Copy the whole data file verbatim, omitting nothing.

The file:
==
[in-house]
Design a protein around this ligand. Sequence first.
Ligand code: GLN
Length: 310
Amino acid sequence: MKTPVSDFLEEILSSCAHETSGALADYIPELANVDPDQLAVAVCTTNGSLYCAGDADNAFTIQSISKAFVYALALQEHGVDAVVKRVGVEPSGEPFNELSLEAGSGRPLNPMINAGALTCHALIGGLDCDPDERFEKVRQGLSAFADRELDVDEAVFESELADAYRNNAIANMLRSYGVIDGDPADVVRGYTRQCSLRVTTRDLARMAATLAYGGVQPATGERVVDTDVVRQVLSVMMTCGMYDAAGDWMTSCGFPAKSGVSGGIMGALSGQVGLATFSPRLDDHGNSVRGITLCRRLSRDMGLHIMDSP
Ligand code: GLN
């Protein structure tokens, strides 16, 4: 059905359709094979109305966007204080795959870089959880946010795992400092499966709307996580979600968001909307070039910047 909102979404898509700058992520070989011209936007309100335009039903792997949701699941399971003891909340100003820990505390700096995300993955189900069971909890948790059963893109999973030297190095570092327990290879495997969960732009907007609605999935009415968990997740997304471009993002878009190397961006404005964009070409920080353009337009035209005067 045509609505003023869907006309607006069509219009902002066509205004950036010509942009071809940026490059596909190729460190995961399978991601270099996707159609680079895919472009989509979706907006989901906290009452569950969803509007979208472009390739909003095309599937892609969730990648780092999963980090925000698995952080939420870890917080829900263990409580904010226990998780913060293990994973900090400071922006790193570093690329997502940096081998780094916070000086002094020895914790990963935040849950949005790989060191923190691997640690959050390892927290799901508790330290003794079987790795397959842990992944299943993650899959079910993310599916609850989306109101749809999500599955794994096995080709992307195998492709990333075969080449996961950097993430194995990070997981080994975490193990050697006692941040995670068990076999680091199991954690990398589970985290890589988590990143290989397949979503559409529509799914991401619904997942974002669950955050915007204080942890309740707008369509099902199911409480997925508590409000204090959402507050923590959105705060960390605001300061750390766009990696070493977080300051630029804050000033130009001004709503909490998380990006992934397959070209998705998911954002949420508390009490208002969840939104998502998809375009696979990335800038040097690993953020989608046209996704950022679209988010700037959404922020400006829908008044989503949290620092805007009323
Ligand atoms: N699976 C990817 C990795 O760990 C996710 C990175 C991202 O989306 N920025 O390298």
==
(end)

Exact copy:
[in-house]
Design a protein around this ligand. Sequence first.
Ligand code: GLN
Length: 310
Amino acid sequence: MKTPVSDFLEEILSSCAHETSGALADYIPELANVDPDQLAVAVCTTNGSLYCAGDADNAFTIQSISKAFVYALALQEHGVDAVVKRVGVEPSGEPFNELSLEAGSGRPLNPMINAGALTCHALIGGLDCDPDERFEKVRQGLSAFADRELDVDEAVFESELADAYRNNAIANMLRSYGVIDGDPADVVRGYTRQCSLRVTTRDLARMAATLAYGGVQPATGERVVDTDVVRQVLSVMMTCGMYDAAGDWMTSCGFPAKSGVSGGIMGALSGQVGLATFSPRLDDHGNSVRGITLCRRLSRDMGLHIMDSP
Ligand code: GLN
């Protein structure tokens, strides 16, 4: 059905359709094979109305966007204080795959870089959880946010795992400092499966709307996580979600968001909307070039910047 909102979404898509700058992520070989011209936007309100335009039903792997949701699941399971003891909340100003820990505390700096995300993955189900069971909890948790059963893109999973030297190095570092327990290879495997969960732009907007609605999935009415968990997740997304471009993002878009190397961006404005964009070409920080353009337009035209005067 045509609505003023869907006309607006069509219009902002066509205004950036010509942009071809940026490059596909190729460190995961399978991601270099996707159609680079895919472009989509979706907006989901906290009452569950969803509007979208472009390739909003095309599937892609969730990648780092999963980090925000698995952080939420870890917080829900263990409580904010226990998780913060293990994973900090400071922006790193570093690329997502940096081998780094916070000086002094020895914790990963935040849950949005790989060191923190691997640690959050390892927290799901508790330290003794079987790795397959842990992944299943993650899959079910993310599916609850989306109101749809999500599955794994096995080709992307195998492709990333075969080449996961950097993430194995990070997981080994975490193990050697006692941040995670068990076999680091199991954690990398589970985290890589988590990143290989397949979503559409529509799914991401619904997942974002669950955050915007204080942890309740707008369509099902199911409480997925508590409000204090959402507050923590959105705060960390605001300061750390766009990696070493977080300051630029804050000033130009001004709503909490998380990006992934397959070209998705998911954002949420508390009490208002969840939104998502998809375009696979990335800038040097690993953020989608046209996704950022679209988010700037959404922020400006829908008044989503949290620092805007009323
Ligand atoms: N699976 C990817 C990795 O760990 C996710 C990175 C991202 O989306 N920025 O390298």